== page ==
Fast-pitch softball is more technical than you might think. The learning curve for a new pitch is one to two years, but understanding the specifics of various release points and hand positioning requires patience and practice. The more comfortable the pitcher feels, the more effective the pitches will be. A tiny difference in release could mean a home run for the other team.
What Makes the Difference?
Believe it or not, your index finger does most of the work. According to Lisa Sweeney, pitching coach at the University of Pennsylvania, the spin makes all the difference. "That finger pulls the seam in the right directions when you're snapping the ball so that it spins the right way. The faster the ball spins, the more it's going to move, so you want it to be as tight as possible," Sweeney says.
What Happened to the Fastball?
The fastball is likely the first pitch you learn as a kid, but in college the vast majority of pitchers don't use it in their repertoire because it's the one most likely to get burned. "In softball, you're so close to the batter that at some point, speed becomes unimportant. If a girl can time you and get around on you, your speed doesn't matter anymore," Sweeney says.
Pitches and Their Placement
The greater the movement your pitches have, the harder it will be for the batter to hit and the more dominant you will be. A dropball can be thrown to the inside or outside parts of the plate, and as the name implies, it should drop. When you pitch from the mound, a curveball will tail away to the outside corner, to the left of a right-handed hitter, while a screwball will trail to the right. A riseball, one of the hardest pitches to both learn and teach, according to Sweeney, can be thrown either inside or outside, but its backward spin should force it up. Hence the rise.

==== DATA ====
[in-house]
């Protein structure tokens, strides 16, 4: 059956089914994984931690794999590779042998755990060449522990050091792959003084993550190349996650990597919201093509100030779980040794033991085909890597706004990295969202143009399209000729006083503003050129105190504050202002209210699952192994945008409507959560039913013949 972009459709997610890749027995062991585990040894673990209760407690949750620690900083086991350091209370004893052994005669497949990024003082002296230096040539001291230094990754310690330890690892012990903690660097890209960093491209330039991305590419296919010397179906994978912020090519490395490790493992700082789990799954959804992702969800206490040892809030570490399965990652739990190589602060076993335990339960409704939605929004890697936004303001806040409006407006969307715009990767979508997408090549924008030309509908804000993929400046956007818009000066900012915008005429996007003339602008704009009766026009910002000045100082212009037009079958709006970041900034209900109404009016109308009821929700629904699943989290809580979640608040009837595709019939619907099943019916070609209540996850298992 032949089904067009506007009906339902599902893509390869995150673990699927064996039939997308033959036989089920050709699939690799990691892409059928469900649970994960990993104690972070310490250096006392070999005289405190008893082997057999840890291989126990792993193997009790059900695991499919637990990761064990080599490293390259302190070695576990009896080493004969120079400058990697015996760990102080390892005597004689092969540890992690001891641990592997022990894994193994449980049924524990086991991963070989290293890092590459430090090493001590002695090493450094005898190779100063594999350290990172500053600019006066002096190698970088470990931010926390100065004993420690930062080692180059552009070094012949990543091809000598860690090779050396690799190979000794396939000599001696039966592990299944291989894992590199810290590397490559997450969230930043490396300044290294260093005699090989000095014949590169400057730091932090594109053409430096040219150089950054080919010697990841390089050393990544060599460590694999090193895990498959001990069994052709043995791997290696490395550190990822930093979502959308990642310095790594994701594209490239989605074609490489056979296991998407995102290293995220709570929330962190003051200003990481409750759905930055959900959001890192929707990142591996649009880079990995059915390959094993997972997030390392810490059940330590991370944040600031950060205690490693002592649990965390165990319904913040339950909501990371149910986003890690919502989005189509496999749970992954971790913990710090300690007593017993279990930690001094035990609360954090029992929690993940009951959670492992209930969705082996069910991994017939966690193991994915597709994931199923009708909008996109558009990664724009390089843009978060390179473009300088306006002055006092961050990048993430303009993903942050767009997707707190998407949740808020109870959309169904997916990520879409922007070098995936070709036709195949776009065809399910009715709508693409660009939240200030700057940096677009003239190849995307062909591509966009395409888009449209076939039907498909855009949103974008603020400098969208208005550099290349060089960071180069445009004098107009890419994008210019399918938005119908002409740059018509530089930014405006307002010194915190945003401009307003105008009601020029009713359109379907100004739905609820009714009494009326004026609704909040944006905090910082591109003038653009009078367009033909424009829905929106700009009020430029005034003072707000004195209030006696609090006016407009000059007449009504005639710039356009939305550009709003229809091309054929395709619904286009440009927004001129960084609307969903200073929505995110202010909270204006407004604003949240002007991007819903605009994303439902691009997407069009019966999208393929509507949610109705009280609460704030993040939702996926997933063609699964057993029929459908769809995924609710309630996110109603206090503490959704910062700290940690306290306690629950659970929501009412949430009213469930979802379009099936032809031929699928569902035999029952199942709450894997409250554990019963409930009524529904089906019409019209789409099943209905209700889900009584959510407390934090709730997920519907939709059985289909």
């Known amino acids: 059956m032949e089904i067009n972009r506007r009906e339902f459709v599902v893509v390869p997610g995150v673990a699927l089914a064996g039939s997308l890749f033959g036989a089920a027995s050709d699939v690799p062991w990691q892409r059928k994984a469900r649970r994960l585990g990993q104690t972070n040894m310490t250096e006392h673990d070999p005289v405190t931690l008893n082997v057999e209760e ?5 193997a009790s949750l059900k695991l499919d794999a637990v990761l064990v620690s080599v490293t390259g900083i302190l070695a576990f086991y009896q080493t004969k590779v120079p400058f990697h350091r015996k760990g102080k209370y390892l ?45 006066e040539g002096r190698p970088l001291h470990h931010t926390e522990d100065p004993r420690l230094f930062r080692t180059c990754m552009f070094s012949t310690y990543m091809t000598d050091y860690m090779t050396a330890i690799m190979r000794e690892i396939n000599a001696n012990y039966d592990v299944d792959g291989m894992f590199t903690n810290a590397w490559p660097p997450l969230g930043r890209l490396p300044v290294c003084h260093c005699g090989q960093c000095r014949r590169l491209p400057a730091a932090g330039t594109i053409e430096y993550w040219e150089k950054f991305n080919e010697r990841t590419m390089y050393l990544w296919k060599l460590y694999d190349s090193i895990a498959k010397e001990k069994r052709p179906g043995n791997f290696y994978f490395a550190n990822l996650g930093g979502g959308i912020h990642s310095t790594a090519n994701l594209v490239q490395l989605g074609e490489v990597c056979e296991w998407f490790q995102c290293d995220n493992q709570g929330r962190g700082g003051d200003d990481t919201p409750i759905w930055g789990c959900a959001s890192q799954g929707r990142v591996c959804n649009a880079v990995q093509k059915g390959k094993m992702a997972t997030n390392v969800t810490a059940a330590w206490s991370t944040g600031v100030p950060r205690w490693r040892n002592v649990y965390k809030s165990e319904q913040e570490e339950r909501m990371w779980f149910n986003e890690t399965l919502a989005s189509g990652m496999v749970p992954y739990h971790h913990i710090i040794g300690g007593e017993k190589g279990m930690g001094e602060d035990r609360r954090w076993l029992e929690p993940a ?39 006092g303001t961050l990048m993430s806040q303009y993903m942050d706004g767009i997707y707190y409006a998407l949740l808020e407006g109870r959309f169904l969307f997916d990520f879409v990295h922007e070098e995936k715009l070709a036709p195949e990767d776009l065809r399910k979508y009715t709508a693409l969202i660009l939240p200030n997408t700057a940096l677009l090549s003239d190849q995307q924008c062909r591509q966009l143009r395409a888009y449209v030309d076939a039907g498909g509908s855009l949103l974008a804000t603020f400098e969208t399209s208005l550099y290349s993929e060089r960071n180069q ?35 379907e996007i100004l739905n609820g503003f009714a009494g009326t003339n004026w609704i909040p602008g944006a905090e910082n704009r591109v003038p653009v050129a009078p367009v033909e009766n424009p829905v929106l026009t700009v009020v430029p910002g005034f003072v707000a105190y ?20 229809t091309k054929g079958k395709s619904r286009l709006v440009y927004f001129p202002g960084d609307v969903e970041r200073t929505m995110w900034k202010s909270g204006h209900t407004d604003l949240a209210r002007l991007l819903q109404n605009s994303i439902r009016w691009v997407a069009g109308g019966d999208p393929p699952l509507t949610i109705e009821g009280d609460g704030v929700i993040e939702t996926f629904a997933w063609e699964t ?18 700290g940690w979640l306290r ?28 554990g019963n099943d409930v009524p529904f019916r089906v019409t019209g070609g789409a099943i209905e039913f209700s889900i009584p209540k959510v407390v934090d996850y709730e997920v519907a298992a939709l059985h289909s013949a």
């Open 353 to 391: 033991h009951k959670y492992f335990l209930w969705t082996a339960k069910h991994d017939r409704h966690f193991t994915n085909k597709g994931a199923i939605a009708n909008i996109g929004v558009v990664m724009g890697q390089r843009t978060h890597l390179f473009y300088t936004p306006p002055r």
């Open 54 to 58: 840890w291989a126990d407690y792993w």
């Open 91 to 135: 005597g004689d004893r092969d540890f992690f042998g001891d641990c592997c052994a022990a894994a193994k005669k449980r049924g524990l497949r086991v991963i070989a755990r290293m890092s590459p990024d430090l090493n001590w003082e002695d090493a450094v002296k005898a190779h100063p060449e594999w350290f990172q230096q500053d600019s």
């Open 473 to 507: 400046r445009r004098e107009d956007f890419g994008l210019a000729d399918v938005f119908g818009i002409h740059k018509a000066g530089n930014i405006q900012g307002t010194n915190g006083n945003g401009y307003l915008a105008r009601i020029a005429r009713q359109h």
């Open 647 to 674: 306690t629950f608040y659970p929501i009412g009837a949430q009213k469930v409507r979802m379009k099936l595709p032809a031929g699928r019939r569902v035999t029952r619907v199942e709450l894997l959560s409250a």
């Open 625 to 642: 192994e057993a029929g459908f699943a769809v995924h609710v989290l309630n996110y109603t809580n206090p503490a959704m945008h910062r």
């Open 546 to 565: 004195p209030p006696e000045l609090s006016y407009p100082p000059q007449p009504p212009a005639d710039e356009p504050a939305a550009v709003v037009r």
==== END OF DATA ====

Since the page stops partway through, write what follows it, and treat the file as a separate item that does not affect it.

More effective than the release point of a pitch is the spin and angle of your hand on the ball. For a riseball, your hand is placed underneath. "If you were to put your hand down beside you and hold your palm out like you were holding a pizza, that's how your hand is releasing the ball to get that backspin," says Sweeney. "A curveball is similar, but your fingers that wrap around the ball pull it across your body, spinning it completely sideways, like motioning three to nine on a clock."
Take Your Body into Account
Understanding your own mechanics will help command your throws. Your body type, stature and build, will slightly affect the technical dimensions of throwing. For example, a person with smaller hands is going to have a different way of spinning the ball because it will more difficult for her to keep a firm grip. Overall, knowing how to work with your body will only increase your effectiveness. "If you're in command over three of four pitches, you're in pretty good shape because the batters don't know when the ball is coming out of your hand and which way the ball is going to break," Sweeney says.